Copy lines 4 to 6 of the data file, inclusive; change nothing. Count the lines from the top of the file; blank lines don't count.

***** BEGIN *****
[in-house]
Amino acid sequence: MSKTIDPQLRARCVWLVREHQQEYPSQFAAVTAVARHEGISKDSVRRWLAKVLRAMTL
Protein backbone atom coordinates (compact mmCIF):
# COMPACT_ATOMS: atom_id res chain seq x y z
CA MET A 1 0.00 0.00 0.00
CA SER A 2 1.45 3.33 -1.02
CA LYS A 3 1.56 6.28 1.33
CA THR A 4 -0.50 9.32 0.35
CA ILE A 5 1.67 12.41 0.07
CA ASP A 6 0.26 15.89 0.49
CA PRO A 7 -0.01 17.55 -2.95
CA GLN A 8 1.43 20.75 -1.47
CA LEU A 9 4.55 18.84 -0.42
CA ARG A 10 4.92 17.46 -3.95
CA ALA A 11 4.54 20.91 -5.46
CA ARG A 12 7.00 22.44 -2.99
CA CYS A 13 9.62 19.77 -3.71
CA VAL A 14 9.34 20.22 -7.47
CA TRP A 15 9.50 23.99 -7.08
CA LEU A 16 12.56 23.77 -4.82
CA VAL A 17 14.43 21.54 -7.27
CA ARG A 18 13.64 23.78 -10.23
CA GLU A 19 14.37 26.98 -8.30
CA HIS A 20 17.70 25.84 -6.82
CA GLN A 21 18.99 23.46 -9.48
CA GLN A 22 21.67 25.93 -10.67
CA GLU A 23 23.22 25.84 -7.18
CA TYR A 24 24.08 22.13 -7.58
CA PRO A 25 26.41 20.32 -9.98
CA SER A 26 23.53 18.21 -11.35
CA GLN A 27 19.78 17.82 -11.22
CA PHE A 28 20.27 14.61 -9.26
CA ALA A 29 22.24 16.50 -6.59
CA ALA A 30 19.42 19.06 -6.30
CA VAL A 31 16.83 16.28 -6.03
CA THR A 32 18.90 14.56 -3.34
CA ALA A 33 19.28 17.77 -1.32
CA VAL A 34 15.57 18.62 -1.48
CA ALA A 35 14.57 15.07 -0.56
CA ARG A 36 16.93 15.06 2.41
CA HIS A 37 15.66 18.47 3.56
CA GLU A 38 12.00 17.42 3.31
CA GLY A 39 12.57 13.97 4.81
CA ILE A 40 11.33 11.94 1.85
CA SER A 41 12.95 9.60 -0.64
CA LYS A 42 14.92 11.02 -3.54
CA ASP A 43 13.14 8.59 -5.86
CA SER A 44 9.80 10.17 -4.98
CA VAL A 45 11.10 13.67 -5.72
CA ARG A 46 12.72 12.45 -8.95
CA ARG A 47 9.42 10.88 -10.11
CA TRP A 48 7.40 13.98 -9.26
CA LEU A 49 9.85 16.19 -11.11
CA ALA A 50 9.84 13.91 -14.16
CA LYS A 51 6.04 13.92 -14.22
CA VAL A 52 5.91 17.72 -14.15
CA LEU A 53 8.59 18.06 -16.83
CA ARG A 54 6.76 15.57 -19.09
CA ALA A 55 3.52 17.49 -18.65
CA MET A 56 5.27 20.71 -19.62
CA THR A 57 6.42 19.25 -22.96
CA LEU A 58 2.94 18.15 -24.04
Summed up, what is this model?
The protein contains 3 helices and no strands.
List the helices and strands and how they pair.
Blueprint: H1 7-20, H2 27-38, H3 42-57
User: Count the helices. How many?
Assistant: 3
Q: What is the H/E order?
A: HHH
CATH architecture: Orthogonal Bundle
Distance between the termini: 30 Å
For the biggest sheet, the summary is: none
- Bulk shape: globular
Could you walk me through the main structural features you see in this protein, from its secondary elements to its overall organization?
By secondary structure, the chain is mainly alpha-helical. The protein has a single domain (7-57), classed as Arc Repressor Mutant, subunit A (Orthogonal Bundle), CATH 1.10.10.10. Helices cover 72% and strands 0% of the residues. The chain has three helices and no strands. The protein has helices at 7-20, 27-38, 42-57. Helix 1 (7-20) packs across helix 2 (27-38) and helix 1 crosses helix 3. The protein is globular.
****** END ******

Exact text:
# COMPACT_ATOMS: atom_id res chain seq x y z
CA MET A 1 0.00 0.00 0.00
CA SER A 2 1.45 3.33 -1.02